Skip to content

Penrose – a mysterious, compelling interactive story

Price: £1/$1
Version: 1.0.3
Size: 124.3 MB
Developer: doublespeak games
Platform: iPhone / iPad


Narrative, text-based games have found a fairly loyal home on the iPhone. In many ways, it’s well-suited – many want a little more from their novels, and many want a little more depth to their games.

Games like Penrose fill that void by offering an intriguing story punched up by gameplay mechanics. These range from modernized “choose your own adventure” books where the story follows your decisions, to the insertion of little games or puzzles into a comic book storyline, like in Florence.

The prose style is short and snappy and easy to follow

Penrose employs all of these techniques through a variety of narrative paths, supported by text that is often short and sharp. This adds urgency to your decision-making and maintains suspense amidst a slick pace.

Another element that these game novels can employ is a soundtrack, of which Penrose’s original composition really puts to work. It’s eerie, creepy, and is all the better when used with headphones under a blanket with the lights off.

“But what’s it all about? Give us the back cover blurb,” we hear you cry.

There are a variety of stylistic design choices when it comes to making decisions

Well, there’s a reason the App Store doesn’t have a description of the story itself as there’s little that can be said without spoiling the plot. Not only that, the storyline we played through may differ from what you experience.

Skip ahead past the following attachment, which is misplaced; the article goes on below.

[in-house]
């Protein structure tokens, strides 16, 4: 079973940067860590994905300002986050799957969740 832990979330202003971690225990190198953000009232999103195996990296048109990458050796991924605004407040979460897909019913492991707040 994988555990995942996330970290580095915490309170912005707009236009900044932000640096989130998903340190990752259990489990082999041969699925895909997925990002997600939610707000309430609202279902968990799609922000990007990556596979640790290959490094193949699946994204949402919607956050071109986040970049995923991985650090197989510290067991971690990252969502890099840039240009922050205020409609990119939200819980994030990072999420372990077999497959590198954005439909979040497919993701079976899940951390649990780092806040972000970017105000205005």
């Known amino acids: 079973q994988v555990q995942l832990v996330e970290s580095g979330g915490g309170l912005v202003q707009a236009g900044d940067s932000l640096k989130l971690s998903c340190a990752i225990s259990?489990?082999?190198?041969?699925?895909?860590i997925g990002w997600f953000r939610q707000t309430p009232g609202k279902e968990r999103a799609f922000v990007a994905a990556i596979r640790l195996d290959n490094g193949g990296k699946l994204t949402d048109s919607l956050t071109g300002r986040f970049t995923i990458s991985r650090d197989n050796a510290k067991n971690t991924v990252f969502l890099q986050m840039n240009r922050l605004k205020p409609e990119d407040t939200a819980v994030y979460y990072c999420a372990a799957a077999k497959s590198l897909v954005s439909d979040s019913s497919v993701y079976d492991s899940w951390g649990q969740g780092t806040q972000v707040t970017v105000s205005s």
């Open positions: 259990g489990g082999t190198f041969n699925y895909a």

Furthermore, and we’ll have to let you in on a few secrets here to explain some of the mechanics, but it’s possible for the game to end very quickly. At frequent junctions in the text, you’re asked to make decisions. In many games of this ilk, your choices determine almost solely the next bit of text, but in Penrose your decisions are subject to the butterfly effect.

Say you wanted to proceed and you had a choice between a lit passageway, and a dark, uncertain one. Which would you choose? Well, that decision, which involves powering up the lights may also result in powering something else that may lead to game over. Sneaky.

You can track the path you took, as well as the others you haven’t

But it’s not all about avoiding untimely demise, the game also allows you to proceed and switch between different characters.

Design-wise, the game also provides you a decent rundown of your journey. The menu provides a path which shows where the various offshoots are, including which ones you’ve taken. In terms of its artistic approach, we actually found the text a little small for our (apparently) super old eyes, but the short paragraphs and simple yet descriptive language helped us play through.

Overall, for a buck you can’t go wrong with Penrose. Give it a shot, it’s a great story.

  Share Article